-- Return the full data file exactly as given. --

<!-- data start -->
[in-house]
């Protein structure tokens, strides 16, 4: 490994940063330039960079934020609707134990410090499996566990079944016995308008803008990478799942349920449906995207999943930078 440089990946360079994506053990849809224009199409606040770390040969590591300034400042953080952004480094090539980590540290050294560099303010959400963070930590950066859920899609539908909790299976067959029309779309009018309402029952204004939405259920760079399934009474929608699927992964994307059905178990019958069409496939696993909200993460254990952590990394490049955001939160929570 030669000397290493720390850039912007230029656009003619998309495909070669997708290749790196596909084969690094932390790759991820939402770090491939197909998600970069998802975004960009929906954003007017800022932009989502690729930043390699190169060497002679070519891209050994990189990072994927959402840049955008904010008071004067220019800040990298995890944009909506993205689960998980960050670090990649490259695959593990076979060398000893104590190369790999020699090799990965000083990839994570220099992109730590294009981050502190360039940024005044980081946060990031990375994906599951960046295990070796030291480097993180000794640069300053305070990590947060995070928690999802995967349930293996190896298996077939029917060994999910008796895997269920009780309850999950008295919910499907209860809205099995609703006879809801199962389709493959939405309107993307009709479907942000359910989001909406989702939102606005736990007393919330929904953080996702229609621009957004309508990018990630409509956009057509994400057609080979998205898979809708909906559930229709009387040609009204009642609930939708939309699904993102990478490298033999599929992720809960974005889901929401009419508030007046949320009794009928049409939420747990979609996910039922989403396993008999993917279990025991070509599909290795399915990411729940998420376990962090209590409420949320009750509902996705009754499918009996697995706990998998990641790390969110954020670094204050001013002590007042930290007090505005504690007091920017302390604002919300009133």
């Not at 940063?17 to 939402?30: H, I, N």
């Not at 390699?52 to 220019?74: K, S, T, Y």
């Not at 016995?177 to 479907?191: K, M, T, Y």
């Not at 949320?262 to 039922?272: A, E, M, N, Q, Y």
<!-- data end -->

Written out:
[in-house]
């Protein structure tokens, strides 16, 4: 490994940063330039960079934020609707134990410090499996566990079944016995308008803008990478799942349920449906995207999943930078 440089990946360079994506053990849809224009199409606040770390040969590591300034400042953080952004480094090539980590540290050294560099303010959400963070930590950066859920899609539908909790299976067959029309779309009018309402029952204004939405259920760079399934009474929608699927992964994307059905178990019958069409496939696993909200993460254990952590990394490049955001939160929570 030669000397290493720390850039912007230029656009003619998309495909070669997708290749790196596909084969690094932390790759991820939402770090491939197909998600970069998802975004960009929906954003007017800022932009989502690729930043390699190169060497002679070519891209050994990189990072994927959402840049955008904010008071004067220019800040990298995890944009909506993205689960998980960050670090990649490259695959593990076979060398000893104590190369790999020699090799990965000083990839994570220099992109730590294009981050502190360039940024005044980081946060990031990375994906599951960046295990070796030291480097993180000794640069300053305070990590947060995070928690999802995967349930293996190896298996077939029917060994999910008796895997269920009780309850999950008295919910499907209860809205099995609703006879809801199962389709493959939405309107993307009709479907942000359910989001909406989702939102606005736990007393919330929904953080996702229609621009957004309508990018990630409509956009057509994400057609080979998205898979809708909906559930229709009387040609009204009642609930939708939309699904993102990478490298033999599929992720809960974005889901929401009419508030007046949320009794009928049409939420747990979609996910039922989403396993008999993917279990025991070509599909290795399915990411729940998420376990962090209590409420949320009750509902996705009754499918009996697995706990998998990641790390969110954020670094204050001013002590007042930290007090505005504690007091920017302390604002919300009133």
């Not at 940063?17 to 939402?30: H, I, N």
């Not at 390699?52 to 220019?74: K, S, T, Y």
């Not at 016995?177 to 479907?191: K, M, T, Y």
């Not at 949320?262 to 039922?272: A, E, M, N, Q, Y």